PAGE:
A new version of analogue for a new year

January 4, 2013

(This article was first published on From the bottom of the heap » R, and kindly contributed to R-bloggers)

Yesterday I rolled up a new version (0.10-0) of analogue, my R package for analysing palaeoecological data. It is now available from CRAN.

There were lots of incremental changes to Stratiplot() to improve the quality of the stratigraphic diagrams produced and fix several annoying bugs. Also the definition of the standard error of MAT reconstructions was fixed; it is essentially a weighted variance but the original version assumed the weights summed to 1, which is not the case for dissimilarities of the k-NN.

Several new functions and additional functionality were added to the package:

  • caterpillarPlot() produces caterpillar plots showing species WA optima and tolerance ranges
  • splitSample() is a convenience function for sampling a subset of training set samples whilst ensuring that the entire environmental gradient of interest in the training set is evenly sampled.
  • The wa() function received a lot of love in this iteration. The main addition is to allow non-linear deshrinking of the raw WA estimates alongside the more common inverse and classical deshrinking techniques. The deshrinking is achieved using a cubic regression spline fitted using the gam() function in package mgcv. The spline is constrained to be monotonic to make sure that the deshrunk values for increasing raw values are likewise increasing. Small tolerance handling in wa() with tolerance downweighting gained the option to replace small tolerances with the mean of all taxon tolerances.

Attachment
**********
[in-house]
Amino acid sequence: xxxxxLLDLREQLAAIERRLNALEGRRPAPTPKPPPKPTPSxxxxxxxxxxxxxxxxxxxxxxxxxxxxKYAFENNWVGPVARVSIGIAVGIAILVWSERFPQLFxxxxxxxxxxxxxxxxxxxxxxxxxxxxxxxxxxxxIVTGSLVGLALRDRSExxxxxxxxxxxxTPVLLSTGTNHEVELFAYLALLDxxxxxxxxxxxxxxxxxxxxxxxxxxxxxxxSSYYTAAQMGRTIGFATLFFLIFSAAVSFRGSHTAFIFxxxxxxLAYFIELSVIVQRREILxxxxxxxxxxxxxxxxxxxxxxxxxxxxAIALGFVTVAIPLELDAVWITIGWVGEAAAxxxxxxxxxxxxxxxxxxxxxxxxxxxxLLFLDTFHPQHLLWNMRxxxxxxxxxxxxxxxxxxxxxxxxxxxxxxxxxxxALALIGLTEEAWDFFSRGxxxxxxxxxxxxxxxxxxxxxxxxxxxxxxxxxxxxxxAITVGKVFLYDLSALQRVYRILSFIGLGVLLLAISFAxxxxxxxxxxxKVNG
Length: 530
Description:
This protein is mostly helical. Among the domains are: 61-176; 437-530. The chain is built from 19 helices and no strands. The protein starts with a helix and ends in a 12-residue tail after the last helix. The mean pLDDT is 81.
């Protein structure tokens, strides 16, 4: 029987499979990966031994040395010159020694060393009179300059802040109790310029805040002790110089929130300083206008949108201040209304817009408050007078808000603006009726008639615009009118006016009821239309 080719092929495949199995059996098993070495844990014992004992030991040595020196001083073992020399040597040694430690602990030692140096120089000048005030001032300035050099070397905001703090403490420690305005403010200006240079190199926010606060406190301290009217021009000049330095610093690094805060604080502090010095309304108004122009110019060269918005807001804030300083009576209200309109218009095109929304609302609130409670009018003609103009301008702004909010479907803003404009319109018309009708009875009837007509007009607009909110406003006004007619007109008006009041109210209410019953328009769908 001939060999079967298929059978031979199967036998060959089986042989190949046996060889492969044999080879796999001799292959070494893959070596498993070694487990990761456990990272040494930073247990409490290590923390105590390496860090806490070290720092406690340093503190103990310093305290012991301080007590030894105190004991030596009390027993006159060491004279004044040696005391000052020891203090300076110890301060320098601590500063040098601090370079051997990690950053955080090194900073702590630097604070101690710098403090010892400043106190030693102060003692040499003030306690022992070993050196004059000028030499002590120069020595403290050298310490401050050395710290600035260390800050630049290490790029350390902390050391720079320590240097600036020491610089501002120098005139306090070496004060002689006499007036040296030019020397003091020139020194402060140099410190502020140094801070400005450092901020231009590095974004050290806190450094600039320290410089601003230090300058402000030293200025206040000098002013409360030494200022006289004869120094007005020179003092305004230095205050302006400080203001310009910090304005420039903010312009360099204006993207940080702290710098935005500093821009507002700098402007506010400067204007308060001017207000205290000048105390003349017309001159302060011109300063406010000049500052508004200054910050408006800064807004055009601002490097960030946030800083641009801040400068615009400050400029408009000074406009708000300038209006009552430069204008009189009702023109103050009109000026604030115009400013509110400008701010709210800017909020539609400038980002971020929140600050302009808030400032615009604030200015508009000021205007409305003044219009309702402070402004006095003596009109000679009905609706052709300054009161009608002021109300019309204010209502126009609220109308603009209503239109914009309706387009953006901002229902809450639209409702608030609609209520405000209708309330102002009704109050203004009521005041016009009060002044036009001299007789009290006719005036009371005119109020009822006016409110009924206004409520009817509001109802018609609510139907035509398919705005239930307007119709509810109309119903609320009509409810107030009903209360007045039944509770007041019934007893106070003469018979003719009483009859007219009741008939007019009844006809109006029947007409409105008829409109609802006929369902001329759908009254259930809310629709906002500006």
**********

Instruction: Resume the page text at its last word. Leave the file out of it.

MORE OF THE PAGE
• logitreg(), which applies a logistic regression to the problem of identifying a critical threshold in compositional dissimilarity for MAT models, saw a major update. The returned object was substantially altered to allow for a wider amount of information to be supplied to the user. fitted() and predict() methods for class "logitreg" were also added. These compute the fitted probabilities for the training set samples and for new (e.g. fossil) samples respectively. The probabilities are in respect to the analogue-ness of samples to the groups in the training set (e.g. vegetation biomes in the case of pollen data).
    These changes allow an analysis similar in spirit to that of Gavin et al (2003, Quaternary Research 60; 356–367) in their Figure 8. Here though logistic regression fits are used and not the ROC method they use.

I’ll be writing more on these ideas, especially the monotonic deshrinking and the logistic regression approach to dissimilarity threshold choice in future posts.

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